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  • Jules

    i know this isn’t very on topic, but I’ve been trying to adjust my ISO, Shutter Speed, and Aperture to be happy with my shot, but once I’m in manual mode, the Shutter Speed and Aperture change together, and the same happens on Shutter Priority mode. I have an ND lens coming my way so maybe it won’t be the biggest of problems, but it’s hard to prolong my shutter speed with the aperture that it stays at. Any advice?


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  • Kav Dadfar

    Hi Jules, hmmm, that is strange. In manual mode you should be able to change all 3 settings independently (that’s the point of the manual mode). What camera is it that you use?

  • Jules

    I use a Nikon D5200. See, it all works fine in Manual Mode and Aperture Priority Mode, but not Shutter Priority Mode. Is Shutter Priority mode a necessary Mode to use when taking long exposure photos? That’s what I’ve been trying to do lately. Thanks for replying, by the way!

  • Josh

    Sound more like your in Program Mode, rather than manual…

  • Josh

    Depending on your lighting situation, manual mode & bulb are your “go to” setting for long exposures.

  • Kav Dadfar

    Hi Jules, generally speaking shutter priority mode is most useful when you are wanting to influence the action (i.e. freeze action e.g. a car that is moving, someone who is running etc. Or alternatively when you want to add motion blur e.g. water looking smooth, or showing movement etc). It is also useful when you shooting at low light and want to ensure that you are staying within the boundaries of being able to keep a camera handheld so that you don’t get camera shake. For long exposures I would use manual mode as much as possible as I can have the most control. You should be using a tripod for long exposures so shouldn’t really have any need for shutter priority mode. Hope this helps. Kav

  • Jules

    This helped hugely! I messed around a bit more, took everyone’s advice, and now that I have my ND filters I think I’ll finally be able to do this!

  • Michael

    I am looking forward to visit our Chicago botanic garden in Glencoe, IL. Now since I bought a new Canon EOS 6D, the full frame image quality should stand out comparing to my old Canon EOS 20D. Kav, I always have my Canon Speedlite with me as even being outside in day time ambient lightening, I still use my off-camera flash as a fill-in light for close-ups shots against bright backgrounds so to balance my deep shadows with bright back lightening. Do you use your flash outside too? I’ve found out my back-lit shots always come out great. Great article! Thanks!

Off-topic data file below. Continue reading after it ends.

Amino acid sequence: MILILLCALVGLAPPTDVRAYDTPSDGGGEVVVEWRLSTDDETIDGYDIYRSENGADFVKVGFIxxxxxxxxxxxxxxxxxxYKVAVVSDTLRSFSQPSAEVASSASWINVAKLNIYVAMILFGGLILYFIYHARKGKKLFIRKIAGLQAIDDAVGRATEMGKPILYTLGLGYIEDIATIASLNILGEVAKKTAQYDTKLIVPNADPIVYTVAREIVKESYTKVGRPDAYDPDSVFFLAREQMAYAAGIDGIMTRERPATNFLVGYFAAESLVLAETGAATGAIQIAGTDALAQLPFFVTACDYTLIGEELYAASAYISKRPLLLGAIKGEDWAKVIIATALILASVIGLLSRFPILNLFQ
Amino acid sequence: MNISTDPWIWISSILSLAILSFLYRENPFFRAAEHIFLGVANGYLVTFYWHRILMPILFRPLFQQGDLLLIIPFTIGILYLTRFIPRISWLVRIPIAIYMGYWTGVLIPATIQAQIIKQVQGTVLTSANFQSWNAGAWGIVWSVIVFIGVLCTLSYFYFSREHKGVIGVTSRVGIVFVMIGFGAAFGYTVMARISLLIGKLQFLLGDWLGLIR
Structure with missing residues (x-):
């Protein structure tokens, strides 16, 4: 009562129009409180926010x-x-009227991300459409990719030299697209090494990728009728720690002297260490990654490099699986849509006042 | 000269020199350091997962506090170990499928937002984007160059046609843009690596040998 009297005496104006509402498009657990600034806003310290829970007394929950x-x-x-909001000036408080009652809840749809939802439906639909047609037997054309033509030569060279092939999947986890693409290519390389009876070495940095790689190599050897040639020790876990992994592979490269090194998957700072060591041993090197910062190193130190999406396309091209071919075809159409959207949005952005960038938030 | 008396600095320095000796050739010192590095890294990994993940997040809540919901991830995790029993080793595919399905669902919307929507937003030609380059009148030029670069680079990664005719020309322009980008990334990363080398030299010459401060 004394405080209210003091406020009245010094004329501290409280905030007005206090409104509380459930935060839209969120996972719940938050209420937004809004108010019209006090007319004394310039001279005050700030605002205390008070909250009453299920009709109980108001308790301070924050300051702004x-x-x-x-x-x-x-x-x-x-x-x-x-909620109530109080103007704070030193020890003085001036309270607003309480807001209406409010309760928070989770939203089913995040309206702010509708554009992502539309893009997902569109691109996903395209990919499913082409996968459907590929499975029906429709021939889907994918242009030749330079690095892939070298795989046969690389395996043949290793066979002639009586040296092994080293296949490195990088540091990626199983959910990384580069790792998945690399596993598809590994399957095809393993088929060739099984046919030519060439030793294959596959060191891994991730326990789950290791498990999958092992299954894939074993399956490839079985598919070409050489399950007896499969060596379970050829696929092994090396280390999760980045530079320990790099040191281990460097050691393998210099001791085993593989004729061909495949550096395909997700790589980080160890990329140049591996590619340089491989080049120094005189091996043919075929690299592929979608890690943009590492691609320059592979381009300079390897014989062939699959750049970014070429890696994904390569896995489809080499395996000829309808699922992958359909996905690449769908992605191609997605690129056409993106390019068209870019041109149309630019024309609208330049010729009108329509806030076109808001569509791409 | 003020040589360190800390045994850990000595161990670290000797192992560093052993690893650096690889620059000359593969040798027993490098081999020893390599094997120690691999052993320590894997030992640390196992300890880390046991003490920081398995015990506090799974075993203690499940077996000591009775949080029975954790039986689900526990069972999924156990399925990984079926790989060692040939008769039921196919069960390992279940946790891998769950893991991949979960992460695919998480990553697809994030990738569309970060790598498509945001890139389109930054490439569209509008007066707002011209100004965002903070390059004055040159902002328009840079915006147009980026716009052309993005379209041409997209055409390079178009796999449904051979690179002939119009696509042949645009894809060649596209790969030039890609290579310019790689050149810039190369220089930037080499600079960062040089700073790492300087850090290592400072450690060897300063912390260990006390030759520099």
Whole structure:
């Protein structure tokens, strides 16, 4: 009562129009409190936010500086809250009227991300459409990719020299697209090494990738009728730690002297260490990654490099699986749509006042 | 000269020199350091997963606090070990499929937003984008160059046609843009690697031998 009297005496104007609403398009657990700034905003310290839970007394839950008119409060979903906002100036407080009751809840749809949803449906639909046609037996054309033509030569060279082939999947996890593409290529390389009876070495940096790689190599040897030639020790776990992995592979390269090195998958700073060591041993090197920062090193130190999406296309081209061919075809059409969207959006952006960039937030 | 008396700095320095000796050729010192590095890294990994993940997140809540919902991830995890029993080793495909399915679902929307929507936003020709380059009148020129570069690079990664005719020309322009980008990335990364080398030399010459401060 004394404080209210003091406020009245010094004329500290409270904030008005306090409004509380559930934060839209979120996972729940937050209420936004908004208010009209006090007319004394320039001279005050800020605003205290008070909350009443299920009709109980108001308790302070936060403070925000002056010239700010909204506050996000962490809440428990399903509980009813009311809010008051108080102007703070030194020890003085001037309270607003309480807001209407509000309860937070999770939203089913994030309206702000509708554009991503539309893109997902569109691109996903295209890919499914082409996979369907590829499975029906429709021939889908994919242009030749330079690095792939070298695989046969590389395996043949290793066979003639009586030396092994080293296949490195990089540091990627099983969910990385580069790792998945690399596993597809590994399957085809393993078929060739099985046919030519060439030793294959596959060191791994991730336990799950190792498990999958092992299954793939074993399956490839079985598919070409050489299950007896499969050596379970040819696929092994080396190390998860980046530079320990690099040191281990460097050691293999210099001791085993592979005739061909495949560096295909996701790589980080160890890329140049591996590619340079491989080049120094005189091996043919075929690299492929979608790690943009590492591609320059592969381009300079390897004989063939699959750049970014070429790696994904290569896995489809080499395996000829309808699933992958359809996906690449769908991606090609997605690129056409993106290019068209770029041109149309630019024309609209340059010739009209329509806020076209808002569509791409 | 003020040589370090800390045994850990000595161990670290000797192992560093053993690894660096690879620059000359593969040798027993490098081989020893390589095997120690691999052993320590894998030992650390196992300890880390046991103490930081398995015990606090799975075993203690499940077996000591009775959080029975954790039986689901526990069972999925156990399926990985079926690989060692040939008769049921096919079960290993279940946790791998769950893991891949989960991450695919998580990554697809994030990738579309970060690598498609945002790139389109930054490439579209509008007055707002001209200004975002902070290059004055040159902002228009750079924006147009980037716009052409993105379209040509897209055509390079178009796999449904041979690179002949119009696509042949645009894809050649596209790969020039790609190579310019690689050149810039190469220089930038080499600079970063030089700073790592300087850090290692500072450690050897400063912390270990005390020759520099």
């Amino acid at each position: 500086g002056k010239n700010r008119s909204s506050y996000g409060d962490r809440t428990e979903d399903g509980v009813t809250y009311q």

• Bob Bevan Smith

    Remember that both Shutter Priority and Aperture Priority modes still allow the camera to choose what it thinks is the “correct” exposure value. So as you adjust one the other changes to compensate, up to a certain point – typically one end or other of the range of the camera’s aperture or shutter range. So as you lengthen the shutter time, the aperture will close down and vice versa. That should NOT happen in Manual mode.

  • Sean Reese
  • Andrew Marshall

    I am very fortunate to live in Sheffield, which boasts one of the greatest concentrations of green spaces in Europe. I live within comfortable walking distance of at least 3 city parks, the closest being about 5 minutes away. If I’m ever stuck for somewhere to photograph it’s often my go to location as I can always find something different to capture, or the same subjects can be found in different light or different stages of the seasons. Consequently I have hundreds of photos to choose from. In this picture I tried to show a view of the city, framed by the trees in the park to highlight the green city tag. I don’t know if I was successful but I like it.